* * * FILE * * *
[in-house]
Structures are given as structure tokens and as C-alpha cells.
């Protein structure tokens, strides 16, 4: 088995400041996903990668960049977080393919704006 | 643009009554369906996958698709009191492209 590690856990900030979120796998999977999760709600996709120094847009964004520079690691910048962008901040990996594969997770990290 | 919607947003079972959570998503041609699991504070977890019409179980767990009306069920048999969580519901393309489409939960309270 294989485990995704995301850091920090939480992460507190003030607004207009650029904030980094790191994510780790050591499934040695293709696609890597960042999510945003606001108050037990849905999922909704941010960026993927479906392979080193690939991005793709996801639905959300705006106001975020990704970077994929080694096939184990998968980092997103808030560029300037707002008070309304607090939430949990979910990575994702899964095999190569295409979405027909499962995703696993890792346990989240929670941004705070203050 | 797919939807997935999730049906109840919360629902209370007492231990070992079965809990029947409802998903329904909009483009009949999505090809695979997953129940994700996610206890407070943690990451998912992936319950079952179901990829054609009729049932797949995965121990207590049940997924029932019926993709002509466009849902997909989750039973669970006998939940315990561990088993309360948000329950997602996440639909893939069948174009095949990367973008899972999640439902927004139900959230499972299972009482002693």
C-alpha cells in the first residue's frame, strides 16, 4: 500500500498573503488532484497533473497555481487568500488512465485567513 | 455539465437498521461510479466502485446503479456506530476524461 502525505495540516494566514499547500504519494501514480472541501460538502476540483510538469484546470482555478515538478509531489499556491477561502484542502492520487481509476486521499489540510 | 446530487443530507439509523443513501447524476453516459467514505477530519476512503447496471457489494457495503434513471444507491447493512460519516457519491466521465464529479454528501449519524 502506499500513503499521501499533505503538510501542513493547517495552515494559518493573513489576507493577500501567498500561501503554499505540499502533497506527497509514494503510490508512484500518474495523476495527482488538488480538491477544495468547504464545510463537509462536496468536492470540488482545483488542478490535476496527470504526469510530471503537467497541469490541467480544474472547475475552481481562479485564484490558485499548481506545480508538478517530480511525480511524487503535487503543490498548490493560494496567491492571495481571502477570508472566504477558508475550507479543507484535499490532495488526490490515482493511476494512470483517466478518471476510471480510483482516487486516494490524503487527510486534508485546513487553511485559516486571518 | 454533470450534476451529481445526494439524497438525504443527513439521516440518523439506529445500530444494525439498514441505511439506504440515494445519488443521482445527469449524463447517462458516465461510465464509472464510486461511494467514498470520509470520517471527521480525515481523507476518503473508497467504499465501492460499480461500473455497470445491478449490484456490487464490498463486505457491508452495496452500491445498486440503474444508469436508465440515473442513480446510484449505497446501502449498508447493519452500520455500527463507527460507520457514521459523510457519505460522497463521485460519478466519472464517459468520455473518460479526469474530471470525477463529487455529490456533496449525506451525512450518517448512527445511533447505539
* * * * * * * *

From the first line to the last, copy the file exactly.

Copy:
[in-house]
Structures are given as structure tokens and as C-alpha cells.
């Protein structure tokens, strides 16, 4: 088995400041996903990668960049977080393919704006 | 643009009554369906996958698709009191492209 590690856990900030979120796998999977999760709600996709120094847009964004520079690691910048962008901040990996594969997770990290 | 919607947003079972959570998503041609699991504070977890019409179980767990009306069920048999969580519901393309489409939960309270 294989485990995704995301850091920090939480992460507190003030607004207009650029904030980094790191994510780790050591499934040695293709696609890597960042999510945003606001108050037990849905999922909704941010960026993927479906392979080193690939991005793709996801639905959300705006106001975020990704970077994929080694096939184990998968980092997103808030560029300037707002008070309304607090939430949990979910990575994702899964095999190569295409979405027909499962995703696993890792346990989240929670941004705070203050 | 797919939807997935999730049906109840919360629902209370007492231990070992079965809990029947409802998903329904909009483009009949999505090809695979997953129940994700996610206890407070943690990451998912992936319950079952179901990829054609009729049932797949995965121990207590049940997924029932019926993709002509466009849902997909989750039973669970006998939940315990561990088993309360948000329950997602996440639909893939069948174009095949990367973008899972999640439902927004139900959230499972299972009482002693």
C-alpha cells in the first residue's frame, strides 16, 4: 500500500498573503488532484497533473497555481487568500488512465485567513 | 455539465437498521461510479466502485446503479456506530476524461 502525505495540516494566514499547500504519494501514480472541501460538502476540483510538469484546470482555478515538478509531489499556491477561502484542502492520487481509476486521499489540510 | 446530487443530507439509523443513501447524476453516459467514505477530519476512503447496471457489494457495503434513471444507491447493512460519516457519491466521465464529479454528501449519524 502506499500513503499521501499533505503538510501542513493547517495552515494559518493573513489576507493577500501567498500561501503554499505540499502533497506527497509514494503510490508512484500518474495523476495527482488538488480538491477544495468547504464545510463537509462536496468536492470540488482545483488542478490535476496527470504526469510530471503537467497541469490541467480544474472547475475552481481562479485564484490558485499548481506545480508538478517530480511525480511524487503535487503543490498548490493560494496567491492571495481571502477570508472566504477558508475550507479543507484535499490532495488526490490515482493511476494512470483517466478518471476510471480510483482516487486516494490524503487527510486534508485546513487553511485559516486571518 | 454533470450534476451529481445526494439524497438525504443527513439521516440518523439506529445500530444494525439498514441505511439506504440515494445519488443521482445527469449524463447517462458516465461510465464509472464510486461511494467514498470520509470520517471527521480525515481523507476518503473508497467504499465501492460499480461500473455497470445491478449490484456490487464490498463486505457491508452495496452500491445498486440503474444508469436508465440515473442513480446510484449505497446501502449498508447493519452500520455500527463507527460507520457514521459523510457519505460522497463521485460519478466519472464517459468520455473518460479526469474530471470525477463529487455529490456533496449525506451525512450518517448512527445511533447505539